Andras Mengyan

"I’m working with  “VISUAL SPACE POLYPHONY” (SIMULTANEOUS SPACE VISION.) in two and more than two dimensions. “Visual Space Polyphony” means independent events that happen in space and time simultaneously and subsequently, and articulate together consonance and/or dissonance."

Interactions I, Acrylic on canvas 250 x 200 cm
17D (Seventeen Dimensional) Twin Space, String, PVC Tubes, UV Light 360 x 270 x 180 cm
Sound Garden, Painted aluminum and plastic, sensors, sound generators, UV Light 540 x 300 x 260 cm
The City (Lights At Night), Acrylic on canvas 120 x 90 cm
Traveling Of Light, Acrylic on canvas 100 x 100 cm

"In order to make my ideas and artworks easier to understand, let’s take an imaginary walk through an imaginary town. On our walk, we experience innumerable things simultaneously. Traffic streams by, people pass us, birds fly overhead, tantalizing smells waft from a bakery shop, the grinding of gears annoys us as we nibble a croissant. As we walk the streets, a great diversity of stimuli bombards us, imparting an overall impression of the town.

How do we arrive at an overall idea of something complex—like this town—that we never seen completely and in the same moment? What kinds of mechanisms create for us a personal, subjective impression? And going a step further, we can even imagine—fiction today, but possible to envision given current technology—that the entire town and all its contents and events are transparent, like an image generated by a CT or PET/CT scanner. The image we see might appear chaotic and unpredictable; however, we can take it in and make sense of it more or less.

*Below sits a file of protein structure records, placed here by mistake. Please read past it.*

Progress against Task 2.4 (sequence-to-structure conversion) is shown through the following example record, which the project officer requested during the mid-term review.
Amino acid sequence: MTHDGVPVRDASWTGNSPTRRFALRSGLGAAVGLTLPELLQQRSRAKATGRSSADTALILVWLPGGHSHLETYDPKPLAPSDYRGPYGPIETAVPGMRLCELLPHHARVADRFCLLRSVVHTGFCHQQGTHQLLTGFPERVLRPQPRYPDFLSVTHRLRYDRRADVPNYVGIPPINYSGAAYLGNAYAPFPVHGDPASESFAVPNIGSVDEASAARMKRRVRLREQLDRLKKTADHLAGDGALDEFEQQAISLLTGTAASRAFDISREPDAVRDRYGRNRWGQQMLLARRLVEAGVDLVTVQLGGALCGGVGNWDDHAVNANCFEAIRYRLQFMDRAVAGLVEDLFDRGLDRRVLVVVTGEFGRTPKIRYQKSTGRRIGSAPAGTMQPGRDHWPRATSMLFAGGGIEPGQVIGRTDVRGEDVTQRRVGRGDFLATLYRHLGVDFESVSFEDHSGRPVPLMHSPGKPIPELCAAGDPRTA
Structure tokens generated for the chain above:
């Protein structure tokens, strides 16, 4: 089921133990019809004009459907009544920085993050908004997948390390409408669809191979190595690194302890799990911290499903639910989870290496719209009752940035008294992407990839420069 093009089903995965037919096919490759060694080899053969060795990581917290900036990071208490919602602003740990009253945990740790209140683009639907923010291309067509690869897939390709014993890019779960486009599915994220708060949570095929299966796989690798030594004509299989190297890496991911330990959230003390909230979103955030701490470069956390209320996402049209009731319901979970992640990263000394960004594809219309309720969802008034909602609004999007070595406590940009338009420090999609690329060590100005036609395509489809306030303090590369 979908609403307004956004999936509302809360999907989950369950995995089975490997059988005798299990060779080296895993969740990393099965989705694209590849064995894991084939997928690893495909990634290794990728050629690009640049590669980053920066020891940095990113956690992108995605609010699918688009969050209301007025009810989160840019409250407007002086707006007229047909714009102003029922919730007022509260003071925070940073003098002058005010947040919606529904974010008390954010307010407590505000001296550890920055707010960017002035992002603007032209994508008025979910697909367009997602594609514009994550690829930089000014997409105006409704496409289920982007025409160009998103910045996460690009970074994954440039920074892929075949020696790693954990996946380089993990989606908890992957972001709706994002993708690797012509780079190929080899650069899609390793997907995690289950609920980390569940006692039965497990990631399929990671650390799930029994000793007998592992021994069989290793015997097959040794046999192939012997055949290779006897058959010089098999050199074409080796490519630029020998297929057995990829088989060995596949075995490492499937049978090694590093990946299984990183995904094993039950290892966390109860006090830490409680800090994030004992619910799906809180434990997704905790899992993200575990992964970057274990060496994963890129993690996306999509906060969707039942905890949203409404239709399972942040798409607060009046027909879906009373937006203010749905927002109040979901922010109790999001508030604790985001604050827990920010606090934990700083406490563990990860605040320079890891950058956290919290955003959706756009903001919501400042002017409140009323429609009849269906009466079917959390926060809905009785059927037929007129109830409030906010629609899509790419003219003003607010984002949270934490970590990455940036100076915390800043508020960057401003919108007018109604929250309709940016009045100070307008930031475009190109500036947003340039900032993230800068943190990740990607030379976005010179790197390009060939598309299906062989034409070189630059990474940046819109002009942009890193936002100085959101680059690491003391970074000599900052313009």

Such observations motivated me to investigate three questions:

a. How is it possible to grasp the experience of a simultaneously perceived environment in its many layers, integrating perceptions over time, to reflect changes in the environment?   b. Is there is any way to record this type of experience visually?   c.  Is a three-dimensional structure appropriate to do this?

As we know, perception is a highly complex process. During our walk around town, all of our senses were active and simultaneously registered the events around us. Since our environment was constantly changing and we ourselves were in motion, we perceived large numbers of simultaneous stimuli again and again. We required thousands of such sequences to form an overview of the town. We were able to perceive our surroundings holistically because our brains integrated our perceptions—both simultaneous and sequential—and filled in missing information.

These observations about perception led me to a kind of visual solution in my work, which I refer to as “POLYPHONIC VISUAL SPACE” or “Simultaneous Spatial View.” For me, “POLYPHONIC VISUAL SPACE” means the harmonization, both simultaneously and in sequence, of events taking place in space, often independent of one other. I searched for terms to help me visualize solutions, for example stereometric, simultaneity, transparency, segmentation, multidimensionality, multiple viewpoints, layering and new technologies. These ideas expressed visually are present in all of my works either singly or in combination. The “Programmable Laser bonfire” displayed in the Kinetica Anniversary Show titled ‘The Thin Veil’ show only one example what I described above." 


This review was published by Circle Foundation for the Arts © CFA Press ∙ Images are courtesy of the artist


 

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